Sacroiliac joint pain is difficult to diagnose because symptoms mimic other common pain conditions like a herniated disc. Proper diagnosis is essential to get relief from sacroiliac joint pain. Board-certified and fellowship-trained interventional pain management specialist, Ramis Gheith, MD, MS, and the team at Interventional Pain Institute specialize in the diagnosis and treatment of sacroiliac joint pain. For expert care from a compassionate team, call the office in Chesterfield, Festus, or Bridgeton, Missouri, or book online today.
Your sacroiliac joints connect the iliac bones in your hips to the sacral bone in your spine. They form the visible dimples in your lower back, just below your waist. These joints provide support and stability and absorb shock while walking or lifting.
The bones that make up the joint are cushioned by cartilage and held together by ligaments and muscles.
You may develop sacroiliac joint pain when the ligaments that hold the joints together are too tight or too loose. Injury, pregnancy, and childbirth are common causes of sacroiliac pain.
You may also develop pain in the joint from the degeneration of the cartilage that occurs with aging. Without the cushion, the bones of your sacroiliac joint rub together, causing inflammation and pain.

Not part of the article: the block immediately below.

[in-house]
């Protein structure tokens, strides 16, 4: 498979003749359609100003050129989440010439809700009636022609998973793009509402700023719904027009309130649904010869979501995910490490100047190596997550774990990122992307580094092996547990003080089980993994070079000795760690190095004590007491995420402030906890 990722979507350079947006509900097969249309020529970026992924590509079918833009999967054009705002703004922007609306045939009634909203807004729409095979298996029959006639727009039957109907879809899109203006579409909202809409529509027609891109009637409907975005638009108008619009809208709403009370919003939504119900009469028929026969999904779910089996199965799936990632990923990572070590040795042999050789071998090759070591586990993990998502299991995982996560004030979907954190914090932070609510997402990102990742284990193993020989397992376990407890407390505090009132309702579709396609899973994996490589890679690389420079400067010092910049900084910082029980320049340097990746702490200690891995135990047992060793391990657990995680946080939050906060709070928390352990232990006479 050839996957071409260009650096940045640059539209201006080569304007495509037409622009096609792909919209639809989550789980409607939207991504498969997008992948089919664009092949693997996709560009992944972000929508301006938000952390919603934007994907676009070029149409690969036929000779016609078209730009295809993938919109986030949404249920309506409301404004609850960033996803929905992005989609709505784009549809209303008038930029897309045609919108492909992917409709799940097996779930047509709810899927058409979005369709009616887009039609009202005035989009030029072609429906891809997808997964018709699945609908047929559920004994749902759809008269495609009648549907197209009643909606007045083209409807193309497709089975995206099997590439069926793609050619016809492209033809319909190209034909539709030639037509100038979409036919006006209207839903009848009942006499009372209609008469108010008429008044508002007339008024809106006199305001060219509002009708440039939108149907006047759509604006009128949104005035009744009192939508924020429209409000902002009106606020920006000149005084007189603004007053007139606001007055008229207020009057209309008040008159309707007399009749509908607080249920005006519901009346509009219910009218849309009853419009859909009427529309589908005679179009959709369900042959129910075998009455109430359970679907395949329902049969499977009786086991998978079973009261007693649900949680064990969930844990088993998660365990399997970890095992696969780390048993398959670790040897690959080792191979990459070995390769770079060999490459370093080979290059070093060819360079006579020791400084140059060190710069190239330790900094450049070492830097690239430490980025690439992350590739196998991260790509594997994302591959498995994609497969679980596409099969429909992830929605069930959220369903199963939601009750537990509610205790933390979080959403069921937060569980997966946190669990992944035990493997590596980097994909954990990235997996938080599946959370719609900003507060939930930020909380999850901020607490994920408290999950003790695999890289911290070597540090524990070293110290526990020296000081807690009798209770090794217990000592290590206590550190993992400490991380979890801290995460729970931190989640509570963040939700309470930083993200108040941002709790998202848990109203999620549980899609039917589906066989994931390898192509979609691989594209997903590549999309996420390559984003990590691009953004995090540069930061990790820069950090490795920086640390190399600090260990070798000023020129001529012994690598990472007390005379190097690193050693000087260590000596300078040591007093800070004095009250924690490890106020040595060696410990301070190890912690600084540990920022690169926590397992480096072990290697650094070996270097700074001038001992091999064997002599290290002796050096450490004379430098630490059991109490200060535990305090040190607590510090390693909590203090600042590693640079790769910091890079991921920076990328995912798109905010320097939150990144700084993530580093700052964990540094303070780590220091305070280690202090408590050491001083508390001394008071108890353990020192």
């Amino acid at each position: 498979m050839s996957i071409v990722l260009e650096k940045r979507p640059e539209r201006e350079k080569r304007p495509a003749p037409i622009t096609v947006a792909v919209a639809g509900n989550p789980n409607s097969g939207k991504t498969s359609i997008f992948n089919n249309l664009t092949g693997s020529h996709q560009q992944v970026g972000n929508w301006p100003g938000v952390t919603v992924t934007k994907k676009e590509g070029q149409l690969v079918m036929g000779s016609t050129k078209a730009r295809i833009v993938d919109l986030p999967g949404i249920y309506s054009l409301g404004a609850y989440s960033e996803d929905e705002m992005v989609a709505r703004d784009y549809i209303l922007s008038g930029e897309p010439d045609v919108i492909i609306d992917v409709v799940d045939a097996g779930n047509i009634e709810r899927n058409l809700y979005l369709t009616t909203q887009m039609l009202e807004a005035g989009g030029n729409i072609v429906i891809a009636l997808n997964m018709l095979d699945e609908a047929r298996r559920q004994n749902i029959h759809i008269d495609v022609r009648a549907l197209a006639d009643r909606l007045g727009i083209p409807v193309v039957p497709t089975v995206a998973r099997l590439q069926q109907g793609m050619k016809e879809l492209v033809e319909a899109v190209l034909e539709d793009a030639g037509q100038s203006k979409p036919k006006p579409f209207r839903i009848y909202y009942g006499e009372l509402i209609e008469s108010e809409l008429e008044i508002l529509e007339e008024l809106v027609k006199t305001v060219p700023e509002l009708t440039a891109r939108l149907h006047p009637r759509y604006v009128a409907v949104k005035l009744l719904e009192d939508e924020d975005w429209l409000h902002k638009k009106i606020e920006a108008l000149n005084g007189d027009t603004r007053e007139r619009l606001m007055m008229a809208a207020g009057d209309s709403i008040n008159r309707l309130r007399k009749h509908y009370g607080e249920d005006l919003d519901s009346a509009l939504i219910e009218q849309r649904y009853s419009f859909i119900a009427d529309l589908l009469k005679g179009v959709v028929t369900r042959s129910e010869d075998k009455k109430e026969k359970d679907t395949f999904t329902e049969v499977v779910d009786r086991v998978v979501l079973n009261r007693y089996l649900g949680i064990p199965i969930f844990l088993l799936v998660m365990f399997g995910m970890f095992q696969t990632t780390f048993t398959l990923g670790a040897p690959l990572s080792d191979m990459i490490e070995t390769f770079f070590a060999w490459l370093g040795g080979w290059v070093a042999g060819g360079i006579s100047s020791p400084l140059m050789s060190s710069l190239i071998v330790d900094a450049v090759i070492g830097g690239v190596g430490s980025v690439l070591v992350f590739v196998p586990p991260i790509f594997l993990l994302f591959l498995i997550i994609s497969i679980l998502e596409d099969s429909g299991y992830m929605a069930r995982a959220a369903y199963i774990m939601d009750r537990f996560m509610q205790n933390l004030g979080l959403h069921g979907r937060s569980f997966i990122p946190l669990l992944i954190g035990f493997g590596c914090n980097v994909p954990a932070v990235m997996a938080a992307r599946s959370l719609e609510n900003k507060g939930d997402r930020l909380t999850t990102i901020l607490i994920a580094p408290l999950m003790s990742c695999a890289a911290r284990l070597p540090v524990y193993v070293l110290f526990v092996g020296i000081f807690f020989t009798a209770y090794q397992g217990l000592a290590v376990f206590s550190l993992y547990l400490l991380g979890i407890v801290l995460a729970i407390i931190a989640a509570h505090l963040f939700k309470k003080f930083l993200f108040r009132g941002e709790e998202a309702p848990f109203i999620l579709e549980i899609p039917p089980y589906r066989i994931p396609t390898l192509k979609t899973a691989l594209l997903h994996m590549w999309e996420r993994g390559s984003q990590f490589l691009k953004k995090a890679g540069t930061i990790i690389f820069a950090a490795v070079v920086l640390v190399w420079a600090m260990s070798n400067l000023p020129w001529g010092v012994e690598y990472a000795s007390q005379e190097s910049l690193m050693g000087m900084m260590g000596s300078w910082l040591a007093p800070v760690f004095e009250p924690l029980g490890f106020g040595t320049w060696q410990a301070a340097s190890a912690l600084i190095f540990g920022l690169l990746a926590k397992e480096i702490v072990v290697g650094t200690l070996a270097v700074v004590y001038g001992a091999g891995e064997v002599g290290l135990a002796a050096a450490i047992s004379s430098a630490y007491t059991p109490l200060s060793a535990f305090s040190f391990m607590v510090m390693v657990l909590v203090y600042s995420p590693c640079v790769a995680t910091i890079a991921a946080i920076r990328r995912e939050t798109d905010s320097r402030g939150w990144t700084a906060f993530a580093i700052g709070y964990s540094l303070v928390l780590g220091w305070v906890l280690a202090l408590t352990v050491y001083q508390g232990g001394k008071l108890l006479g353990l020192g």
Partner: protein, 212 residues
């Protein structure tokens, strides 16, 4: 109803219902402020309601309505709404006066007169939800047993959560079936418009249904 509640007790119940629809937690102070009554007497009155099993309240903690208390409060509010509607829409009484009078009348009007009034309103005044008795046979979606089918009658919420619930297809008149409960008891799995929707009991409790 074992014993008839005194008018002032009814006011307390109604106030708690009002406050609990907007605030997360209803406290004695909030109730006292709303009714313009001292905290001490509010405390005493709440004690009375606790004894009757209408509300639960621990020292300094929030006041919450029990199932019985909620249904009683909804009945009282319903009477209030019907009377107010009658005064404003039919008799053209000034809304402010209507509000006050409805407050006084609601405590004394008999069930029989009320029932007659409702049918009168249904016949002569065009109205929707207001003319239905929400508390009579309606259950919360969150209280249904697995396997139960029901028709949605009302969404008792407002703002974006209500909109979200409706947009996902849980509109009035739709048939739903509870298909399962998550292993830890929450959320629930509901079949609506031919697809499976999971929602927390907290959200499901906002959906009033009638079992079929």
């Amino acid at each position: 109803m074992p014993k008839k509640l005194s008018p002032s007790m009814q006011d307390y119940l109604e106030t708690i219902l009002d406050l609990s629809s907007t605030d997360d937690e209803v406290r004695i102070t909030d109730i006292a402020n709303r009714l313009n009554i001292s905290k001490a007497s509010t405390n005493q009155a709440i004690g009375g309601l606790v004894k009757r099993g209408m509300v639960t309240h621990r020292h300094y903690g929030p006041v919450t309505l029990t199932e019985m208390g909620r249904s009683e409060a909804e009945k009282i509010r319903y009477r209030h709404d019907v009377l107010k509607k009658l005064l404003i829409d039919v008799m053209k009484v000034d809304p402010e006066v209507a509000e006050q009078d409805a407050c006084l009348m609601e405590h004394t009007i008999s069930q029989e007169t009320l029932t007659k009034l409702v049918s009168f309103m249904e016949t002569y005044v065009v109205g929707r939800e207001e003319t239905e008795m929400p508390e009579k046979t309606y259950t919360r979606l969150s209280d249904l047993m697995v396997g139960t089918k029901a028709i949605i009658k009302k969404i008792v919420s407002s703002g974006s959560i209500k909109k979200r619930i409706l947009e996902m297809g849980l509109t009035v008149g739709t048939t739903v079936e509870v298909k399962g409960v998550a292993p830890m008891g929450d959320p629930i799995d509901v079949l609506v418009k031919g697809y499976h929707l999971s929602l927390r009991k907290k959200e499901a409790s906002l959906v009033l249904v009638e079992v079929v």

Sacroiliac joint pain symptoms are similar to other common pain conditions, including herniated discs, sciatica, and hip arthritis. Common symptoms include:
With sacroiliac joint pain, your symptoms may only affect one side of your body. However, it’s not unusual to feel symptoms on both sides.
When you visit Interventional Pain Institute with symptoms that sound like sacroiliac joint pain, Dr. Gheith and the team conduct in-depth clinical exams, so you get an accurate diagnosis.
During your exam, they review your symptoms, medical history, and perform a physical exam. They may also request diagnostic imaging, such as an X-ray, CT scan, or MRI, to rule out other causes.
To definitively diagnose sacroiliac joint pain, Dr. Gheith performs a diagnostic injection into the joint. He then has you monitor your pain over the next week and diagnoses sacroiliac joint pain if you experience a 75% reduction in pain after the injection.
Dr. Gheith and the team at Interventional Pain Institute create individualized treatment plans to alleviate sacroiliac joint pain. Your treatment plan may include:
The pain management clinic also offers radiofrequency ablation to treat sacroiliac joint pain for patients who respond positively to a nerve block.
For relief from your sacroiliac joint pain, call Interventional Pain Institute, or use the online booking tool to schedule a consultation.